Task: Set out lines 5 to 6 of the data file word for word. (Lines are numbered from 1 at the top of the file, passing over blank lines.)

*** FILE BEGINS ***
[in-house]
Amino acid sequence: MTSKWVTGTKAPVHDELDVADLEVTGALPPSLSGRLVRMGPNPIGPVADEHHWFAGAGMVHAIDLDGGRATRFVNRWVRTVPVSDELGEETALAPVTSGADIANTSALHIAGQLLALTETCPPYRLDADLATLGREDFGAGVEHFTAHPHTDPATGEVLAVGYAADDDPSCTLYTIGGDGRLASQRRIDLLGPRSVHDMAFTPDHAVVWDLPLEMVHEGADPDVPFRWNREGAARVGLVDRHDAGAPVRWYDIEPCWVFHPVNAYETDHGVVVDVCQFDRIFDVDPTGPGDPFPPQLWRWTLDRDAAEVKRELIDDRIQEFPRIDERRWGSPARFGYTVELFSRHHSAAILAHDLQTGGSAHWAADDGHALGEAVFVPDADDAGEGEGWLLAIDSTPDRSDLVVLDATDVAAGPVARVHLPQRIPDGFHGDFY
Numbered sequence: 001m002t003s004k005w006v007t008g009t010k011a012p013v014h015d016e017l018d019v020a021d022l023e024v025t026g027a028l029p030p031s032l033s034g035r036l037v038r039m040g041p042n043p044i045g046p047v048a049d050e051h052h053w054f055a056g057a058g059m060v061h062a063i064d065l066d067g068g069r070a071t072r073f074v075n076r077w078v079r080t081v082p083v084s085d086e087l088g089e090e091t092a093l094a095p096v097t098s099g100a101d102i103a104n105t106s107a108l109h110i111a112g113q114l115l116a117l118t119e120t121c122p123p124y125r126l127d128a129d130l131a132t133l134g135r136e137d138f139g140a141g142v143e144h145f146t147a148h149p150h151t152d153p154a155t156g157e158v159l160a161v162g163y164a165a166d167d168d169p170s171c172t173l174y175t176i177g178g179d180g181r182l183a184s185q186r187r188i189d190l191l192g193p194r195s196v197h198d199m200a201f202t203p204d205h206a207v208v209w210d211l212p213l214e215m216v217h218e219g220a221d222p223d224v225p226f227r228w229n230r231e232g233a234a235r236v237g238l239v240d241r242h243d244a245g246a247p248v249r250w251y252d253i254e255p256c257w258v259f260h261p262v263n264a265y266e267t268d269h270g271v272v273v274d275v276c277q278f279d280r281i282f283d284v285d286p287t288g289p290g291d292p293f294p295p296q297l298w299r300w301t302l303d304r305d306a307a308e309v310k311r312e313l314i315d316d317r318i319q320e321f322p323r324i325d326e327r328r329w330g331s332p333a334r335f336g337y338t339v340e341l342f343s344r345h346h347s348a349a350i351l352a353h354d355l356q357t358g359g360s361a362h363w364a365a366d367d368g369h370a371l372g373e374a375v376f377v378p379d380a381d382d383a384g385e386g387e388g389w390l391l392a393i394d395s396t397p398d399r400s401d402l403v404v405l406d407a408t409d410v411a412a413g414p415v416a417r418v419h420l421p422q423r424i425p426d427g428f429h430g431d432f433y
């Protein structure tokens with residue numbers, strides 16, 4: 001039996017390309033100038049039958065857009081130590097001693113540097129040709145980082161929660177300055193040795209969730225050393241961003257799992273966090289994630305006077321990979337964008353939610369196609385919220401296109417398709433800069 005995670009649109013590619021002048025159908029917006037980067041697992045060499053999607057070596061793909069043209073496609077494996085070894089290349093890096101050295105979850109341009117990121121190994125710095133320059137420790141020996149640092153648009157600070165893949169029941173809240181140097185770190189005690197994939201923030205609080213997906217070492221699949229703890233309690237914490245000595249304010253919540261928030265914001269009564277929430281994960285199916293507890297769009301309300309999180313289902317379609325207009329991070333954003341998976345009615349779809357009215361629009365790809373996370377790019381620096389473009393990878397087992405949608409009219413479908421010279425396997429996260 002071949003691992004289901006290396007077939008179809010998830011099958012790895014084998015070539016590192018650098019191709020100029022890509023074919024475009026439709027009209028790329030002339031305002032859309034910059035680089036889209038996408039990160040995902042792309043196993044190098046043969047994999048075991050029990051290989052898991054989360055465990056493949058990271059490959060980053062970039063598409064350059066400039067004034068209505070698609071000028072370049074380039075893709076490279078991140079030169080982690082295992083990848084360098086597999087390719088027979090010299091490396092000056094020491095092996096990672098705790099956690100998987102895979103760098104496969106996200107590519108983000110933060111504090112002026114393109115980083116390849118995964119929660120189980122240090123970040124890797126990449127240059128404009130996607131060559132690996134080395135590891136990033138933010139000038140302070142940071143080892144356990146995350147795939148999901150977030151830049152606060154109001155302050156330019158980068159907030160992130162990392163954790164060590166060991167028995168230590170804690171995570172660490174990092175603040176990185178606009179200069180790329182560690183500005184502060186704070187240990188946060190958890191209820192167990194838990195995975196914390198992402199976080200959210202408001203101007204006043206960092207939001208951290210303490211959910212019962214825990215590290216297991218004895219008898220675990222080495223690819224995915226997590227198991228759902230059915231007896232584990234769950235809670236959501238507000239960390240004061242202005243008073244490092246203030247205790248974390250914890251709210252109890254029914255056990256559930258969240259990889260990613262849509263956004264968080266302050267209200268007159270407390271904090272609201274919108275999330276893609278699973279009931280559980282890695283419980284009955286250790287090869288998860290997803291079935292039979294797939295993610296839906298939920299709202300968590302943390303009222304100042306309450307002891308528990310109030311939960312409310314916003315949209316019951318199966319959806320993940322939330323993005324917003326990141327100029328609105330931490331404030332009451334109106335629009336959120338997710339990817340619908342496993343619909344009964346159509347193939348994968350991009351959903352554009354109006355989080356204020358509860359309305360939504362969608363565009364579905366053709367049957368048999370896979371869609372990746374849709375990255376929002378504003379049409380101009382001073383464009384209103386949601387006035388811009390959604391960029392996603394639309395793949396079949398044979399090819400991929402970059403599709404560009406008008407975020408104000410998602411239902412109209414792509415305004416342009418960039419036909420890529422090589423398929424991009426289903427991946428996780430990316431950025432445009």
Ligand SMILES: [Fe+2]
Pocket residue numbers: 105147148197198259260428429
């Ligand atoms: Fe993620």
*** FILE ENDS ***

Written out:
Ligand SMILES: [Fe+2]
Pocket residue numbers: 105147148197198259260428429